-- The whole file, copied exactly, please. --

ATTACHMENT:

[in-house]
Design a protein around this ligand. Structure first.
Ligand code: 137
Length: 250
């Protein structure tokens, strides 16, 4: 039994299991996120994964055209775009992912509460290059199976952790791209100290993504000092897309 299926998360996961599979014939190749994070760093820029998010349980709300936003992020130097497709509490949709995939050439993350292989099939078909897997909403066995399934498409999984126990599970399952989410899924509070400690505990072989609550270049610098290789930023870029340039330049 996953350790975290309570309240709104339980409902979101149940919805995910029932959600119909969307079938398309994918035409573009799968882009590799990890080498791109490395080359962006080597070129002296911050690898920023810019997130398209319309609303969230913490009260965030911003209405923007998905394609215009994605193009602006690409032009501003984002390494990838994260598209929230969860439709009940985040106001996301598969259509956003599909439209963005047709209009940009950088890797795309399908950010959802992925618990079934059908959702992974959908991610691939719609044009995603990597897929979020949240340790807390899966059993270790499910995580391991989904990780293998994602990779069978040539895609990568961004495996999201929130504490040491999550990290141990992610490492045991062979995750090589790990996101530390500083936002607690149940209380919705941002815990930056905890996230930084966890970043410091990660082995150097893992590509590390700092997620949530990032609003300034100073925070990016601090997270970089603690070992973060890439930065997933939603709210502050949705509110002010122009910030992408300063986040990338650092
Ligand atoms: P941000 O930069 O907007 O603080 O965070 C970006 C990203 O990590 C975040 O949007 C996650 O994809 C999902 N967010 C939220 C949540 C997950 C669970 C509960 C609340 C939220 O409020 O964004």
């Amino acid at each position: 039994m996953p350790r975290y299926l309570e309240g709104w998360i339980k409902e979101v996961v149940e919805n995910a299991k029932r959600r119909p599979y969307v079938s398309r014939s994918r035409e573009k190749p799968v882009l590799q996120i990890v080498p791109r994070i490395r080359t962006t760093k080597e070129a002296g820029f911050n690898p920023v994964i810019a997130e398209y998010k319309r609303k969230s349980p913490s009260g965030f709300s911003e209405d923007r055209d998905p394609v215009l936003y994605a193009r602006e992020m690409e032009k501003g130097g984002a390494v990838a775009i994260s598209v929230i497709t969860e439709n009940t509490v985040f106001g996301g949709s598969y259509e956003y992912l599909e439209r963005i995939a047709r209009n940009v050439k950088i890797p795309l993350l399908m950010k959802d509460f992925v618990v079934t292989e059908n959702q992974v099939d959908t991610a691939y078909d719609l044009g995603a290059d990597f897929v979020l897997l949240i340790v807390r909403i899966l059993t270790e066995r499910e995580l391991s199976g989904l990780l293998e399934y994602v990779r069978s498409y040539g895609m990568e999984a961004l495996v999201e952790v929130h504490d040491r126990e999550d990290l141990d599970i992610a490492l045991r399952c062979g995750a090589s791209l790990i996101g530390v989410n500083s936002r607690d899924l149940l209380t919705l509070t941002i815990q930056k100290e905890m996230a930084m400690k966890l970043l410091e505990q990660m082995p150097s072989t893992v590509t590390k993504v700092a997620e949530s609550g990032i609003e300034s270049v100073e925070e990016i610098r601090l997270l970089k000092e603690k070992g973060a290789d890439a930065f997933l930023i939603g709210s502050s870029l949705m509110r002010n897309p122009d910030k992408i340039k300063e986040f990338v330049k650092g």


[in-house]
Design a protein around this ligand. Structure first.
Ligand code: 137
Length: 250
């Protein structure tokens, strides 16, 4: 039994299991996120994964055209775009992912509460290059199976952790791209100290993504000092897309 299926998360996961599979014939190749994070760093820029998010349980709300936003992020130097497709509490949709995939050439993350292989099939078909897997909403066995399934498409999984126990599970399952989410899924509070400690505990072989609550270049610098290789930023870029340039330049 996953350790975290309570309240709104339980409902979101149940919805995910029932959600119909969307079938398309994918035409573009799968882009590799990890080498791109490395080359962006080597070129002296911050690898920023810019997130398209319309609303969230913490009260965030911003209405923007998905394609215009994605193009602006690409032009501003984002390494990838994260598209929230969860439709009940985040106001996301598969259509956003599909439209963005047709209009940009950088890797795309399908950010959802992925618990079934059908959702992974959908991610691939719609044009995603990597897929979020949240340790807390899966059993270790499910995580391991989904990780293998994602990779069978040539895609990568961004495996999201929130504490040491999550990290141990992610490492045991062979995750090589790990996101530390500083936002607690149940209380919705941002815990930056905890996230930084966890970043410091990660082995150097893992590509590390700092997620949530990032609003300034100073925070990016601090997270970089603690070992973060890439930065997933939603709210502050949705509110002010122009910030992408300063986040990338650092
Ligand atoms: P941000 O930069 O907007 O603080 O965070 C970006 C990203 O990590 C975040 O949007 C996650 O994809 C999902 N967010 C939220 C949540 C997950 C669970 C509960 C609340 C939220 O409020 O964004």
């Amino acid at each position: 039994m996953p350790r975290y299926l309570e309240g709104w998360i339980k409902e979101v996961v149940e919805n995910a299991k029932r959600r119909p599979y969307v079938s398309r014939s994918r035409e573009k190749p799968v882009l590799q996120i990890v080498p791109r994070i490395r080359t962006t760093k080597e070129a002296g820029f911050n690898p920023v994964i810019a997130e398209y998010k319309r609303k969230s349980p913490s009260g965030f709300s911003e209405d923007r055209d998905p394609v215009l936003y994605a193009r602006e992020m690409e032009k501003g130097g984002a390494v990838a775009i994260s598209v929230i497709t969860e439709n009940t509490v985040f106001g996301g949709s598969y259509e956003y992912l599909e439209r963005i995939a047709r209009n940009v050439k950088i890797p795309l993350l399908m950010k959802d509460f992925v618990v079934t292989e059908n959702q992974v099939d959908t991610a691939y078909d719609l044009g995603a290059d990597f897929v979020l897997l949240i340790v807390r909403i899966l059993t270790e066995r499910e995580l391991s199976g989904l990780l293998e399934y994602v990779r069978s498409y040539g895609m990568e999984a961004l495996v999201e952790v929130h504490d040491r126990e999550d990290l141990d599970i992610a490492l045991r399952c062979g995750a090589s791209l790990i996101g530390v989410n500083s936002r607690d899924l149940l209380t919705l509070t941002i815990q930056k100290e905890m996230a930084m400690k966890l970043l410091e505990q990660m082995p150097s072989t893992v590509t590390k993504v700092a997620e949530s609550g990032i609003e300034s270049v100073e925070e990016i610098r601090l997270l970089k000092e603690k070992g973060a290789d890439a930065f997933l930023i939603g709210s502050s870029l949705m509110r002010n897309p122009d910030k992408i340039k300063e986040f990338v330049k650092g």